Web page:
Letters to the Editor

Letters to the Editor 1/13

No vote for them

More than ever, I have the realization that no matter how hard the media try to belittle the passions of their Republican or conservative opponents, the more I will vote for anyone the Republicans nominate before giving the obvious Democrat candidate another term as president.

The current administration cannot control its out-of-control spending, and their obsessive idea to increase taxes to cover their inability to budget lacks validity.

And I don’t care who the Democrat is, whether it is President Barack Obama, Sen. Dianne Feinstein, Congresswoman Lois Capps or even Supervisor Adam Hill: Their singlemindedness in controlling the discussion and then wanting more taxpayer money for failed policies will not get my vote.

Steven V. Schumann

Grover Beach

Remedies

NOW supports the Arroyo Grande police officers protesting alleged sexual harassment by their superior officers. The Tribune reports that both female officers used similar language in their complaints: “severe, relentless and unending.”

Of course it is! How would you like it if every day you had to go to work, in a career that took great courage, required self-control in dangerous volatile situations, involved long hours with high stress, hoping you could contribute to your community, and every day you were subjected to even half of what the paper reports these women endured?

These brave women took jobs fraught with male testosterone-laden “camaraderie” and endured endless taunts and humiliations for continuing to do their job. They finally said “enough” and are demanding that their superiors obey the law.

The law prohibits this kind of behavior and sets out remedies — remedies, by the way, that do not include letting the perpetrator continue in his post or be promoted, while the woman is transferred away or held back from advancement, and that do not allow superior officers who have been told of the circumstances to ignore their own responsibilities to investigate and take appropriate action.

Lynne Levine

San Luis Obispo

Right-wing fiction

On the Opinion page of Jan. 10, I noticed a couple of letters to the editor that promote certain popular right-wing myths about corporate fairness: one exaggerating the taxes paid by the rich (“Missed the point”), and the other claiming that he and other Wall Street CEOs are the job creators (“Corporate immorality”).

Since he posted his bio on the internet, I found that the letter writer was involved in mergers, which usually means jobs lost. Also, I thought it was small businesses, and not big corporations, that provide the bulk of the jobs in America.

Meanwhile, as for the taxes paid by the Kardashians, I must remind the first writer that I am pretty sure that their accountant wouldn’t be stupid enough to let them pay taxes on their millions before deducting the wages paid to “several dozen people,” as well as the other mentioned qualified tax deductions.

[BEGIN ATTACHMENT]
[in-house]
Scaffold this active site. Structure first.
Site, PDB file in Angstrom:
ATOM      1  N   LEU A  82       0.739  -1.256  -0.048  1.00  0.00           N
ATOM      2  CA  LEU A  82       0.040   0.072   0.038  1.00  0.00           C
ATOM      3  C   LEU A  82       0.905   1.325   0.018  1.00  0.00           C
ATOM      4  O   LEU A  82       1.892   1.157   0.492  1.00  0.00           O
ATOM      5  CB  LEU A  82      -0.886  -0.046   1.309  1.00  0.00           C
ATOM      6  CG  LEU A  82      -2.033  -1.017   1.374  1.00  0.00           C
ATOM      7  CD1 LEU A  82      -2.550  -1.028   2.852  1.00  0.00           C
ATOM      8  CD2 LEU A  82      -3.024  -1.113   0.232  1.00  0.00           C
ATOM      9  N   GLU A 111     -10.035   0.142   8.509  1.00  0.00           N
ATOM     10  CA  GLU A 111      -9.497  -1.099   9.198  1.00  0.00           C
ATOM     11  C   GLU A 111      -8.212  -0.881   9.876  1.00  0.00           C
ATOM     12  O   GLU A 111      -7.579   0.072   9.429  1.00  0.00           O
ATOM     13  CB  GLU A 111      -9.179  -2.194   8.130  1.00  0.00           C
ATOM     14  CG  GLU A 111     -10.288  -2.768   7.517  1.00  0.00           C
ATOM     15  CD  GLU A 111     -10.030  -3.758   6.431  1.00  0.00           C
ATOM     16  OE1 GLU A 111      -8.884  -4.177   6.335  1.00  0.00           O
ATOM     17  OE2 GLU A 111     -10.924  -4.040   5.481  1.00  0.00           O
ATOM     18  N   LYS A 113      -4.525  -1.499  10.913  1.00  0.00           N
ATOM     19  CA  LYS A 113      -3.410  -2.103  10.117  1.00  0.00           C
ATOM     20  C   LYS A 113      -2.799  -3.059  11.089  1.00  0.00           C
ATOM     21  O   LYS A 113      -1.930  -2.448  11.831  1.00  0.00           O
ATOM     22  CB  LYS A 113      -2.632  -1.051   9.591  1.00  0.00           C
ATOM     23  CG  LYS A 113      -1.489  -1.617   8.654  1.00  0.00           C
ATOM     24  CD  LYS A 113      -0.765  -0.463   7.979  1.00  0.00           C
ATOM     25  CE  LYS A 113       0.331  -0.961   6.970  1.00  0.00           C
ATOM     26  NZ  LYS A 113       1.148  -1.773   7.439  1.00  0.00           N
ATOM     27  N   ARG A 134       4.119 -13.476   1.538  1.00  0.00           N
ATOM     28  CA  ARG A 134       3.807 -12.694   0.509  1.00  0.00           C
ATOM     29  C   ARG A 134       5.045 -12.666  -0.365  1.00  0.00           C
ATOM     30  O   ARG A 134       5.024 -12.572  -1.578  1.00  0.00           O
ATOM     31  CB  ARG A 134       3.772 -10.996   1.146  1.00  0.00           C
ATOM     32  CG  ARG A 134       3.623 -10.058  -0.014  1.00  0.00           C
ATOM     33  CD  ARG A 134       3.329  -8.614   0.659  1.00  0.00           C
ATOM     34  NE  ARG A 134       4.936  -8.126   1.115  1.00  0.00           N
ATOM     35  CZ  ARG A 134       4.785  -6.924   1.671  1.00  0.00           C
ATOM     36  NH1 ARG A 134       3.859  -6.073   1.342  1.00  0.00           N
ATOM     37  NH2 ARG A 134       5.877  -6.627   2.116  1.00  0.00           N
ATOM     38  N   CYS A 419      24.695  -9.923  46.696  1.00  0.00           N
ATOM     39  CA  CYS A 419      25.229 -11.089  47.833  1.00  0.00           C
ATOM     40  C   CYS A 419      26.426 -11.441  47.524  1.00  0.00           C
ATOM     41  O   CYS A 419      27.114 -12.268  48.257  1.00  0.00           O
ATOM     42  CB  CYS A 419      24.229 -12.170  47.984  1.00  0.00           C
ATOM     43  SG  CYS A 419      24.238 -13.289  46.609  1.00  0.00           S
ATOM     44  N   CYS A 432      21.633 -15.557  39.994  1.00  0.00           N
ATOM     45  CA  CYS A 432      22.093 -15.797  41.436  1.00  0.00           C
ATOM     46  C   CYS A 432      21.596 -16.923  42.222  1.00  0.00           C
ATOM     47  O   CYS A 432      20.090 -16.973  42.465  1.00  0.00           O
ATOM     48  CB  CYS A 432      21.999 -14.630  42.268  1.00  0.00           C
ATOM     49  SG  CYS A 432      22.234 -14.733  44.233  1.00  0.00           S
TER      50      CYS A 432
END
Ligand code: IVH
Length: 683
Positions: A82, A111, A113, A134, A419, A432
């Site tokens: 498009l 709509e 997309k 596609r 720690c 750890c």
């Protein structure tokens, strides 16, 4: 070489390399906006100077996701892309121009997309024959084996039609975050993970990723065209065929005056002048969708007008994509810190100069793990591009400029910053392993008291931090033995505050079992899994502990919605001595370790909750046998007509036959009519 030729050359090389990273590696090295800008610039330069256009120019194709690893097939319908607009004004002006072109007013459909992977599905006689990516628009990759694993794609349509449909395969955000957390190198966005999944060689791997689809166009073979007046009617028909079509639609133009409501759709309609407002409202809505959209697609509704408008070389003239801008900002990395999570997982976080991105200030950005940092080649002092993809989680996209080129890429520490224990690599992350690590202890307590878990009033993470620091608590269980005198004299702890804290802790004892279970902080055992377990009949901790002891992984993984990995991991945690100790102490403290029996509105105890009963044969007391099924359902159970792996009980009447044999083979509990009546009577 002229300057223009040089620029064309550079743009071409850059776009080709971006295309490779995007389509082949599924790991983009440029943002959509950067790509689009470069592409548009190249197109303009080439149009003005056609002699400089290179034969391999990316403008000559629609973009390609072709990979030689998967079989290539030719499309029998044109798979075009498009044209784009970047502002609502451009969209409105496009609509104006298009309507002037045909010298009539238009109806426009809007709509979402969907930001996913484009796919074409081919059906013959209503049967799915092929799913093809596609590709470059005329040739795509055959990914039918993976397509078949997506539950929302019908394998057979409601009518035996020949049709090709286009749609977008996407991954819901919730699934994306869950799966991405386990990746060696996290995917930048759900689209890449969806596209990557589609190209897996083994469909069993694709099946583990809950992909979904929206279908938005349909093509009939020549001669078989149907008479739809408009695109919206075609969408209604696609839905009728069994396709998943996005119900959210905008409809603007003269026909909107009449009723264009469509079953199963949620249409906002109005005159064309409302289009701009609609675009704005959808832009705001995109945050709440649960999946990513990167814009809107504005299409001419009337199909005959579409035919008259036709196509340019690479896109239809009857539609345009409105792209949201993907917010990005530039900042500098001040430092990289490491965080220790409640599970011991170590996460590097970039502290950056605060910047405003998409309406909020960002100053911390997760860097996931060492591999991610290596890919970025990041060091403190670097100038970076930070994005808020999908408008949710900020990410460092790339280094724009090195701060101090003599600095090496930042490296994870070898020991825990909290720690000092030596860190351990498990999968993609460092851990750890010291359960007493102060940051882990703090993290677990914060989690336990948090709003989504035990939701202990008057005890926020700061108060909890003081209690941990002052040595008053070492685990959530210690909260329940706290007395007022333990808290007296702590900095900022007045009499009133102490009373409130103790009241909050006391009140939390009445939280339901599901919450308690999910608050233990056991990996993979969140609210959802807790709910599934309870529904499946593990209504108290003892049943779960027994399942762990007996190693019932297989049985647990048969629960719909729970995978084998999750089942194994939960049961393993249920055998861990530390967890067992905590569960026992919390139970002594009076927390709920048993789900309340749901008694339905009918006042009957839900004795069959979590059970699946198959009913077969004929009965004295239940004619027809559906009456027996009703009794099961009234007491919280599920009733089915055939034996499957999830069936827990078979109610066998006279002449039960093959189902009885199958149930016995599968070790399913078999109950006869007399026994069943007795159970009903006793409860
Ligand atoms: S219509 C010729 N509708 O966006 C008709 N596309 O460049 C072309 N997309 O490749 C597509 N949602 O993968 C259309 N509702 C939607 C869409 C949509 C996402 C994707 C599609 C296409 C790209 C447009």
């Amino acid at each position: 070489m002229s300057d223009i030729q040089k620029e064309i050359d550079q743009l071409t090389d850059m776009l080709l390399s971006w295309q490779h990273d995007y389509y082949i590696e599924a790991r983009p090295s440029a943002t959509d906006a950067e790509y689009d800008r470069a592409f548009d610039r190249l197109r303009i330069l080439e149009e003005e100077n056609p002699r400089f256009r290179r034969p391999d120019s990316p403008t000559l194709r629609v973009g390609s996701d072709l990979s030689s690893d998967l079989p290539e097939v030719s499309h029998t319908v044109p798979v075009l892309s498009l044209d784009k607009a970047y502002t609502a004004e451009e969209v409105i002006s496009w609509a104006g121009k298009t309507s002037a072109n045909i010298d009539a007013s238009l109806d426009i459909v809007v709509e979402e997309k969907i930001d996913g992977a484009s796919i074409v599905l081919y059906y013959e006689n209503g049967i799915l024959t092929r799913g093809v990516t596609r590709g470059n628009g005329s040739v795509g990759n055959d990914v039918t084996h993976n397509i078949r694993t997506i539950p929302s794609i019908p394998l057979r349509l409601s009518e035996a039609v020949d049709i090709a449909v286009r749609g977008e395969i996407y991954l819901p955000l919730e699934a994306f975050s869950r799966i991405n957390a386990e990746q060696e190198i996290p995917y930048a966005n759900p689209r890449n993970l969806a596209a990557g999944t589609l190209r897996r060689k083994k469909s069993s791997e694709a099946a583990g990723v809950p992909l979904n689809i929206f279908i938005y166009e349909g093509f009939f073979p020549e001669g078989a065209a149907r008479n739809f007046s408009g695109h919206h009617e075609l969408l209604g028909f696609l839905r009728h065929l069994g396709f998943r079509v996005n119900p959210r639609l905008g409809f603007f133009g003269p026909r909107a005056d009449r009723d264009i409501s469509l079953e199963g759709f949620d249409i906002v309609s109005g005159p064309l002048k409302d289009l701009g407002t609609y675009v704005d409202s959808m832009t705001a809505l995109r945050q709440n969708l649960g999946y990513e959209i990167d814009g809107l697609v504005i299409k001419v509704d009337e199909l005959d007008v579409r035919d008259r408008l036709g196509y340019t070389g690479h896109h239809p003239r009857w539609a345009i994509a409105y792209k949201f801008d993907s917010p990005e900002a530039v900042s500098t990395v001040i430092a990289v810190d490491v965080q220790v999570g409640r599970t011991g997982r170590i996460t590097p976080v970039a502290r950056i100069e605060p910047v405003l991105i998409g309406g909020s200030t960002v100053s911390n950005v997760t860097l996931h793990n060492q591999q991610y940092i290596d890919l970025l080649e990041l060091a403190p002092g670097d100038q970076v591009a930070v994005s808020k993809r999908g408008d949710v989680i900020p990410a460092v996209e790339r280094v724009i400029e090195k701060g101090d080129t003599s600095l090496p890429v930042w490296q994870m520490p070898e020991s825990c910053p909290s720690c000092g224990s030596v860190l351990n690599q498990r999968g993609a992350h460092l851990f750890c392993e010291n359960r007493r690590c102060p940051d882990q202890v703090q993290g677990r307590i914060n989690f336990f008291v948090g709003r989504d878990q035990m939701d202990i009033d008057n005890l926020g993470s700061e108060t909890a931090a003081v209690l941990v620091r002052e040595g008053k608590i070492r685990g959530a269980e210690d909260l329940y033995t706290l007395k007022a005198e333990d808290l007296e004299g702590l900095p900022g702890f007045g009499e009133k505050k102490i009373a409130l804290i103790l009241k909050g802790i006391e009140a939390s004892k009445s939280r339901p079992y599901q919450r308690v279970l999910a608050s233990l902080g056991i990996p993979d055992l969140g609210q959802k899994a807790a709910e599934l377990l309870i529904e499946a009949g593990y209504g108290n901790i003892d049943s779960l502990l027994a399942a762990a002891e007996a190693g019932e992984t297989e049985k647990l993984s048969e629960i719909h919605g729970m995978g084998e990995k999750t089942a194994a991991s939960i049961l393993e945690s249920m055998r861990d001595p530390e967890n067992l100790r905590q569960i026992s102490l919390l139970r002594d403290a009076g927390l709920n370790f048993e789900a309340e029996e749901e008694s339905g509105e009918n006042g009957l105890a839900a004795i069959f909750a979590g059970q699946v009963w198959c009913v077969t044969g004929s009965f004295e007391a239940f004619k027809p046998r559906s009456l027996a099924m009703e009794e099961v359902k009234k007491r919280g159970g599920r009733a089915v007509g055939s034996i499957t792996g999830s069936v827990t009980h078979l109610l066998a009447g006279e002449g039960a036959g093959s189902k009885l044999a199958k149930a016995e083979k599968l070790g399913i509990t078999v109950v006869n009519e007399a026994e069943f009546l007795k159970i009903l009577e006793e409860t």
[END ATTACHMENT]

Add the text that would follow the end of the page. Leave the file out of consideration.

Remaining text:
During this election year, we are going to hear a lot of unfounded claims, especially from the right, that do not stand the test of critical thinking. I hope this newspaper and its readers will be up to the challenge of weeding out fact from fiction.

Jim Carlisle

Atascadero

A great disservice

John Gajdos’s letter (Jan. 11) was right on point. There always has been a path to U.S. citizenship. Certain people and politicians are just trying to shortcut it. Yes, the path is long and hard, but becoming a citizen of this great country should not be easy and should be worth working for.

Shortcutting the path or ignoring current rules does a great disservice to the thousands waiting in their home countries who are following the rules.

Robert Lewis

Los Osos

Keep communities

I am so disgusted with Pismo Beach council members. They are “supposedly” watching out for the good of the city. Ha!

Among all the ideas they come up with, what has been going through the minds of current and past council members with regard to the old City Hall? This is an awesome building that should have not been left to deteriorate.

Now it could be razed with some of the original brick facade and mosaics preserved to possibly be incorporated in any future building there. Do we need more empty buildings built? If we must, first fill the empty spaces available all over the cities before destroying beautiful buildings to build empty, cob-webbed filled spaces.

Since the San Simeon earthquake, how many private business owners have had to bring buildings up to code? Yes, it cost them a lot but it was/is being done.

It is an outright shame what city councils (not just Pismo’s) do, supposedly for the betterment of their communities. I honestly believe that people become members of councils to help, but get sidelined.

For once, just say whoa and try to keep our communities as communities, and not have them become metropolises the size of San Francisco, Los Angeles, Bakersfield, etc.

C.J. Cochran

Arroyo Grande

  Comments